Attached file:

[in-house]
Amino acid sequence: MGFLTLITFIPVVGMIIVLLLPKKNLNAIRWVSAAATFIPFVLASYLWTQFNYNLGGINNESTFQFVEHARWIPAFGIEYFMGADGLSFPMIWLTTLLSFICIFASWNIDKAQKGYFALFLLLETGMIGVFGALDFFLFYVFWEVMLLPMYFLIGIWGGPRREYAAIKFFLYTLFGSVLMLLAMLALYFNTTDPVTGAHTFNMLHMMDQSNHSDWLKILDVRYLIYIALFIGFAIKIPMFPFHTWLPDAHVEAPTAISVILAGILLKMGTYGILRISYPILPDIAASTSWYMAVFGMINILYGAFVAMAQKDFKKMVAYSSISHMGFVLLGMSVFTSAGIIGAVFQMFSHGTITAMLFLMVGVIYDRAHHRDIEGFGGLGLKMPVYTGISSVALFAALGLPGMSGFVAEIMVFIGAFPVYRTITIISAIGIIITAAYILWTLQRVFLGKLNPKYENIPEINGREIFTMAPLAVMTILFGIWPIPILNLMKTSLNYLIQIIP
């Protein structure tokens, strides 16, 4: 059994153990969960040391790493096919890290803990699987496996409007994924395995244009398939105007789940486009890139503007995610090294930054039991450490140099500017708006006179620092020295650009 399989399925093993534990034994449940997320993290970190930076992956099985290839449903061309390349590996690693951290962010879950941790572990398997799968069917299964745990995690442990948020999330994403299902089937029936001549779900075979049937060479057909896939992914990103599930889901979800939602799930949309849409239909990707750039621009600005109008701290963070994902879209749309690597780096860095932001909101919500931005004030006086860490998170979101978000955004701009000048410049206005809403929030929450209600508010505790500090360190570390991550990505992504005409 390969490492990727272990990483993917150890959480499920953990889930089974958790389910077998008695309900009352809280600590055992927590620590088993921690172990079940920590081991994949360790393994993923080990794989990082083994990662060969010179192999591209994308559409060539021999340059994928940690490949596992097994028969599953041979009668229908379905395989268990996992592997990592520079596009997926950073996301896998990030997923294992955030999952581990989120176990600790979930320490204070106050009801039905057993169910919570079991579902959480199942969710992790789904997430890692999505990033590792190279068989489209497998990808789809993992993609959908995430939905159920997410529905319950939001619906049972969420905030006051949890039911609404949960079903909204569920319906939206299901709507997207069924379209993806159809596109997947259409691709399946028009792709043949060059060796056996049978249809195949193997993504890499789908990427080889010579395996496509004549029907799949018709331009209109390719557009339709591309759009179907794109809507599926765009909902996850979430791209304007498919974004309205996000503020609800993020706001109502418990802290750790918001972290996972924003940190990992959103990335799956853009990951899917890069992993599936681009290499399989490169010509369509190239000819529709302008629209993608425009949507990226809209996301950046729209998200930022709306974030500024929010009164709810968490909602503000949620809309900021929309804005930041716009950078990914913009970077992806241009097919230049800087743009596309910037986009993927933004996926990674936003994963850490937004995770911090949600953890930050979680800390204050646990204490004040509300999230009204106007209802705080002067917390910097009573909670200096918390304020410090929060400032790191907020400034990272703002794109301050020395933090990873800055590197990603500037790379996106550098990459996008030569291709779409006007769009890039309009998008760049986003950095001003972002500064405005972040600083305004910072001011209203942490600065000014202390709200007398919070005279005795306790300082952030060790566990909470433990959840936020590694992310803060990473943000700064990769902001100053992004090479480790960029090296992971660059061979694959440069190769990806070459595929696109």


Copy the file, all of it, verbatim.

[in-house]
Amino acid sequence: MGFLTLITFIPVVGMIIVLLLPKKNLNAIRWVSAAATFIPFVLASYLWTQFNYNLGGINNESTFQFVEHARWIPAFGIEYFMGADGLSFPMIWLTTLLSFICIFASWNIDKAQKGYFALFLLLETGMIGVFGALDFFLFYVFWEVMLLPMYFLIGIWGGPRREYAAIKFFLYTLFGSVLMLLAMLALYFNTTDPVTGAHTFNMLHMMDQSNHSDWLKILDVRYLIYIALFIGFAIKIPMFPFHTWLPDAHVEAPTAISVILAGILLKMGTYGILRISYPILPDIAASTSWYMAVFGMINILYGAFVAMAQKDFKKMVAYSSISHMGFVLLGMSVFTSAGIIGAVFQMFSHGTITAMLFLMVGVIYDRAHHRDIEGFGGLGLKMPVYTGISSVALFAALGLPGMSGFVAEIMVFIGAFPVYRTITIISAIGIIITAAYILWTLQRVFLGKLNPKYENIPEINGREIFTMAPLAVMTILFGIWPIPILNLMKTSLNYLIQIIP
């Protein structure tokens, strides 16, 4: 059994153990969960040391790493096919890290803990699987496996409007994924395995244009398939105007789940486009890139503007995610090294930054039991450490140099500017708006006179620092020295650009 399989399925093993534990034994449940997320993290970190930076992956099985290839449903061309390349590996690693951290962010879950941790572990398997799968069917299964745990995690442990948020999330994403299902089937029936001549779900075979049937060479057909896939992914990103599930889901979800939602799930949309849409239909990707750039621009600005109008701290963070994902879209749309690597780096860095932001909101919500931005004030006086860490998170979101978000955004701009000048410049206005809403929030929450209600508010505790500090360190570390991550990505992504005409 390969490492990727272990990483993917150890959480499920953990889930089974958790389910077998008695309900009352809280600590055992927590620590088993921690172990079940920590081991994949360790393994993923080990794989990082083994990662060969010179192999591209994308559409060539021999340059994928940690490949596992097994028969599953041979009668229908379905395989268990996992592997990592520079596009997926950073996301896998990030997923294992955030999952581990989120176990600790979930320490204070106050009801039905057993169910919570079991579902959480199942969710992790789904997430890692999505990033590792190279068989489209497998990808789809993992993609959908995430939905159920997410529905319950939001619906049972969420905030006051949890039911609404949960079903909204569920319906939206299901709507997207069924379209993806159809596109997947259409691709399946028009792709043949060059060796056996049978249809195949193997993504890499789908990427080889010579395996496509004549029907799949018709331009209109390719557009339709591309759009179907794109809507599926765009909902996850979430791209304007498919974004309205996000503020609800993020706001109502418990802290750790918001972290996972924003940190990992959103990335799956853009990951899917890069992993599936681009290499399989490169010509369509190239000819529709302008629209993608425009949507990226809209996301950046729209998200930022709306974030500024929010009164709810968490909602503000949620809309900021929309804005930041716009950078990914913009970077992806241009097919230049800087743009596309910037986009993927933004996926990674936003994963850490937004995770911090949600953890930050979680800390204050646990204490004040509300999230009204106007209802705080002067917390910097009573909670200096918390304020410090929060400032790191907020400034990272703002794109301050020395933090990873800055590197990603500037790379996106550098990459996008030569291709779409006007769009890039309009998008760049986003950095001003972002500064405005972040600083305004910072001011209203942490600065000014202390709200007398919070005279005795306790300082952030060790566990909470433990959840936020590694992310803060990473943000700064990769902001100053992004090479480790960029090296992971660059061979694959440069190769990806070459595929696109």